GALVESTON, Texas, Oct. 22 (UPI) -- The memory of dementia-free adults aged 60 years and older might by improved by just one or two alcoholic drinks per day, new research suggests. The light to moderate consumption of alcohol was also found to be correlated with a larger hippocampus, a portion of the brain key to episodic memory -- recalling the details of specific events.
Researchers located this correlation after analyzing data -- including medical history, brain scans, drinking habits and genetic disease risks -- from more than 660 patients, all of it collected as part of the Framingham Heart Study Offspring Cohort. Survey participants also performed a litany of cognitive and memory tests.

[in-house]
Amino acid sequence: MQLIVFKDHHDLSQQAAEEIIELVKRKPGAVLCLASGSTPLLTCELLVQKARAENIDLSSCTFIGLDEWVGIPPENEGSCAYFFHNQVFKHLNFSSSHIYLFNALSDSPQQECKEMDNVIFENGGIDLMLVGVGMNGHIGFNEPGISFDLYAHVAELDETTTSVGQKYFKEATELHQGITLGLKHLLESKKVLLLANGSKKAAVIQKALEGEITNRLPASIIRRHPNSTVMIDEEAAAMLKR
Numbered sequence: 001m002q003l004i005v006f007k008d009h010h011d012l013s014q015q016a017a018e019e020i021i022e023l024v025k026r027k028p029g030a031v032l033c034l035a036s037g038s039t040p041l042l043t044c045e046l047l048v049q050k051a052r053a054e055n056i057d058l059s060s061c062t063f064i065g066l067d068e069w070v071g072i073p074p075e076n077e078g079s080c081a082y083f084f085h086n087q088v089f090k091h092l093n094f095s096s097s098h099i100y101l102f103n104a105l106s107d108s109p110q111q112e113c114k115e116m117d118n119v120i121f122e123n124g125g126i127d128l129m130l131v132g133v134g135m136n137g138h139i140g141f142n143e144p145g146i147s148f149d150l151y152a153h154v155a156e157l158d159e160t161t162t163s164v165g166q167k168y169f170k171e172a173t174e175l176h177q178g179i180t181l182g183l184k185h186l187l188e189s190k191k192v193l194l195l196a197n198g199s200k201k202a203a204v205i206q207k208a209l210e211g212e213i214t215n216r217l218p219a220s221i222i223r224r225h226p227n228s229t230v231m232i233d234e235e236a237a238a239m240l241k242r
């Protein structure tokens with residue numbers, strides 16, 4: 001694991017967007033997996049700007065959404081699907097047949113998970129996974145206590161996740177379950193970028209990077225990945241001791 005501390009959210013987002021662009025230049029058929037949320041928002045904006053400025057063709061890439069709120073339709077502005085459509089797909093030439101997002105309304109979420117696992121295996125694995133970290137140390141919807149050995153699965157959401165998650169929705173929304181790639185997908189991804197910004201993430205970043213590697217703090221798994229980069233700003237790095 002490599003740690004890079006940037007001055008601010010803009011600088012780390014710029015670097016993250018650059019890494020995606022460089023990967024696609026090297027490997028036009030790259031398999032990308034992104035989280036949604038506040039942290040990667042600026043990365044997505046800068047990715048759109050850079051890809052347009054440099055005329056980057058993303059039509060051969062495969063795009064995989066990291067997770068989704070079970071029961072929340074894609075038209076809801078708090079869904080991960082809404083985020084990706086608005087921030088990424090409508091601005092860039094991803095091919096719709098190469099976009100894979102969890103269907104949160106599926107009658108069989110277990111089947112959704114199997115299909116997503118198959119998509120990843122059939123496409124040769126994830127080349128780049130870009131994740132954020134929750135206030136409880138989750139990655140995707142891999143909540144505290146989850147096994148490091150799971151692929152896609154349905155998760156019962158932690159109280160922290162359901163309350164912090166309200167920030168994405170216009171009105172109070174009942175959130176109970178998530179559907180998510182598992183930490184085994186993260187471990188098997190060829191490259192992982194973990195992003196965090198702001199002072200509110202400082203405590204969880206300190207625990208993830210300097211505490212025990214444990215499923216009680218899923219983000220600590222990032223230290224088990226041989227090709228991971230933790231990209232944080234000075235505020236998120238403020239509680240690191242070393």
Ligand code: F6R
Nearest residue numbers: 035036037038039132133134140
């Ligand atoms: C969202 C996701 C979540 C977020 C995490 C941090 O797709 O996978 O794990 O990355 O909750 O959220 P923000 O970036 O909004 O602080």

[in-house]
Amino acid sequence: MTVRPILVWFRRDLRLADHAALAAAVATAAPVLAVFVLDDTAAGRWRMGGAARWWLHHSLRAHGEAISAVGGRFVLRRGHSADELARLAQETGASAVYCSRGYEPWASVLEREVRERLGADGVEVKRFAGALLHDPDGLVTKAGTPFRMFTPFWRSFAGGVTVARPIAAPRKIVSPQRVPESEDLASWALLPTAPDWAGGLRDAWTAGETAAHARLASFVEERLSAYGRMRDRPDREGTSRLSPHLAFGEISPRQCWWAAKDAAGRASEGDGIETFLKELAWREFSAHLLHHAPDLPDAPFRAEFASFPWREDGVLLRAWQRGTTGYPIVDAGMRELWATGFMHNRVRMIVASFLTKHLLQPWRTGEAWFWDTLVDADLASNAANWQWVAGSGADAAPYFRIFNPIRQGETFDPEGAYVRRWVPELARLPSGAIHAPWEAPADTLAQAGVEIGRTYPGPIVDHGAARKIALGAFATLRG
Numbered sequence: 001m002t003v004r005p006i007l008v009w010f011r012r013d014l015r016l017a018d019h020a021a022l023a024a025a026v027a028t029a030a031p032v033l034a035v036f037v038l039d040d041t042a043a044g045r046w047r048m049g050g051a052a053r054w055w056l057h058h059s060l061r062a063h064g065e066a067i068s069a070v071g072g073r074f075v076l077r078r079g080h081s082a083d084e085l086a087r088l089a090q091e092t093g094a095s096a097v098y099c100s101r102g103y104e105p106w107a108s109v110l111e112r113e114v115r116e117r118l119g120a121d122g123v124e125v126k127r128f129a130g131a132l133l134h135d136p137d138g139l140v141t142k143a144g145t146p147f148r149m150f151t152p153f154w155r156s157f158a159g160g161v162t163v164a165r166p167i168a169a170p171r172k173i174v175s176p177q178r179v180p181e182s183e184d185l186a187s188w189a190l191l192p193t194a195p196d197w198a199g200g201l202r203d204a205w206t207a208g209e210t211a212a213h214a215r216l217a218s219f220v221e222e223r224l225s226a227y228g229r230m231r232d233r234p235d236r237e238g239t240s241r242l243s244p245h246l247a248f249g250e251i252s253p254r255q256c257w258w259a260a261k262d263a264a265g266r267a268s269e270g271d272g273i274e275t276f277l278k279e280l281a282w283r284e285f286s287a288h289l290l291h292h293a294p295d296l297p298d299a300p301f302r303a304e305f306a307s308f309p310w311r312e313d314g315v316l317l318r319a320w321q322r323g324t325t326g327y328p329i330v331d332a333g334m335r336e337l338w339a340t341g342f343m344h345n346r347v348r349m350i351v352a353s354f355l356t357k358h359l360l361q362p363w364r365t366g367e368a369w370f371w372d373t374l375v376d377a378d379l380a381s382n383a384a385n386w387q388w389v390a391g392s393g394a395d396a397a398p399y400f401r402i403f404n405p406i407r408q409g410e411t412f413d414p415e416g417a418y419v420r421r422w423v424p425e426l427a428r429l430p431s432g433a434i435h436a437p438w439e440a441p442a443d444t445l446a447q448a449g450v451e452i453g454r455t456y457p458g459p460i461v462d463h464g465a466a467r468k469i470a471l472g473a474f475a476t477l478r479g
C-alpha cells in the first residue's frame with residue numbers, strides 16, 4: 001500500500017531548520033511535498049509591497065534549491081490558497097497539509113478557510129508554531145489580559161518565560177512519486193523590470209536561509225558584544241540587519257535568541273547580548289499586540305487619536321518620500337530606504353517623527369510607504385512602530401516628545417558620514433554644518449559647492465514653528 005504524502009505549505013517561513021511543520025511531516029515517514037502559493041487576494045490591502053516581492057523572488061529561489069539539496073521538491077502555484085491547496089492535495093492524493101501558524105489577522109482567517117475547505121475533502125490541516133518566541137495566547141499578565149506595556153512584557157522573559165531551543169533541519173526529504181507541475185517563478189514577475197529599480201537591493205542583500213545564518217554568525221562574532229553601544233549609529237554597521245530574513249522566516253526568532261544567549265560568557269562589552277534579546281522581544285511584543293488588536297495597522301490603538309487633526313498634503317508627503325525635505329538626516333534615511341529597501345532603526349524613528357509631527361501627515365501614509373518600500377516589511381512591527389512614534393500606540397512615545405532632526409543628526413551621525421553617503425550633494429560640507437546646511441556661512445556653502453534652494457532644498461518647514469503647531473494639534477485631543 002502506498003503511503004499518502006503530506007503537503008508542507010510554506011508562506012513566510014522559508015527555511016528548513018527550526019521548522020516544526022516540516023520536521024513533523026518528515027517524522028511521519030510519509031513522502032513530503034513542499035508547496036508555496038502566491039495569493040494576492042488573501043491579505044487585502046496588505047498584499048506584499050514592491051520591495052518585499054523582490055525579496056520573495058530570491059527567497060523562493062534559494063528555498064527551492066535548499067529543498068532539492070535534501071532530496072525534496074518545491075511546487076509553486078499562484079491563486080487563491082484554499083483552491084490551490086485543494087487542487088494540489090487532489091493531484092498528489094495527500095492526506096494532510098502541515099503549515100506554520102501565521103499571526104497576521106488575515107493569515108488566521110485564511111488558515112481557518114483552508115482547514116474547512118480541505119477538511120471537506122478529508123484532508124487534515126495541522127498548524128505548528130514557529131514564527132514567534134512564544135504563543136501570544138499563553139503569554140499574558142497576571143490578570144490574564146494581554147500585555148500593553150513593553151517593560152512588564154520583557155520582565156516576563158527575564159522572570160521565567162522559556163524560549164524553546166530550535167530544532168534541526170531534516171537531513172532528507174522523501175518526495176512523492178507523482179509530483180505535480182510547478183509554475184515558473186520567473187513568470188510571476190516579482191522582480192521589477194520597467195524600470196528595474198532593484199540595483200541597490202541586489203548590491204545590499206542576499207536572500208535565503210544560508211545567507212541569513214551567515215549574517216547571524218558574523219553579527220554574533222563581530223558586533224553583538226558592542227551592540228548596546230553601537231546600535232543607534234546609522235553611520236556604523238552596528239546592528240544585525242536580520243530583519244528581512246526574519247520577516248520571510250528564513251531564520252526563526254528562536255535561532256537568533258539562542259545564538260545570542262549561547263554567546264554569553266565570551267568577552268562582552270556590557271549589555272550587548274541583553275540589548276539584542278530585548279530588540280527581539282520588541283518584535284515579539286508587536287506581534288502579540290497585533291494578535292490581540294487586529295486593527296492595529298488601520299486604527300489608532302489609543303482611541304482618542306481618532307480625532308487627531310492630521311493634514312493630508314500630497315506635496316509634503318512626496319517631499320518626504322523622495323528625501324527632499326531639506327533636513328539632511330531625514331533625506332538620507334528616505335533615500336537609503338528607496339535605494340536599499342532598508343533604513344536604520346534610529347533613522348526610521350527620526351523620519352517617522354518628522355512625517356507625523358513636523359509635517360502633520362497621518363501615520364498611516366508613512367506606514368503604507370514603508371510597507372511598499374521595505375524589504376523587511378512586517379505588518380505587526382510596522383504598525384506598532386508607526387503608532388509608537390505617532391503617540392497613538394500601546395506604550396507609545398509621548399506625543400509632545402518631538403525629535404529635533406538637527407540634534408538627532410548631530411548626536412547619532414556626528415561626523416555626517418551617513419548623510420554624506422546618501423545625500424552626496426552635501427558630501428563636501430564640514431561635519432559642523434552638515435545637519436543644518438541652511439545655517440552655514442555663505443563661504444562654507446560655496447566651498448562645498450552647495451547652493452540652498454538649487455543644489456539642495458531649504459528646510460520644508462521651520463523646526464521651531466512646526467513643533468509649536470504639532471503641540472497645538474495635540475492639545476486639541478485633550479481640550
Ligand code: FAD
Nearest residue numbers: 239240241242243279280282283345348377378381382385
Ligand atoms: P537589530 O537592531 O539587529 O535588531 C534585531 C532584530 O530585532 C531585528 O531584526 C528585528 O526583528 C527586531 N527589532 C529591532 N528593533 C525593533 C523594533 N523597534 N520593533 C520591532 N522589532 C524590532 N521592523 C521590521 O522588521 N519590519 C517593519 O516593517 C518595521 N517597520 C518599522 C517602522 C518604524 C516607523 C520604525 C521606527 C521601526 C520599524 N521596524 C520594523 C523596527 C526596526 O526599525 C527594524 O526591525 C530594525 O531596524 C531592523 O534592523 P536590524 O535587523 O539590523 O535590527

While responsible drinkers showed improved memory, there was no evidence to suggest overall intelligence is improved by a couple glasses of wine.
Previous studies involving animals have found a link between moderate alcohol consumption and preservation of the brain's hippocampus, promoting new cell growth in the portion of the brain essential for emotion, memory and the nervous system.
"There were no significant differences in cognitive functioning and regional brain volumes during late life according to reported midlife alcohol consumption status," lead study author Brian Downer, a researcher at the University of Texas Medical Branch, said in a press release. "This may be due to the fact that adults who are able to continue consuming alcohol into old age are healthier, and therefore have higher cognition and larger regional brain volumes, than people who had to decrease their alcohol consumption due to unfavorable health outcomes."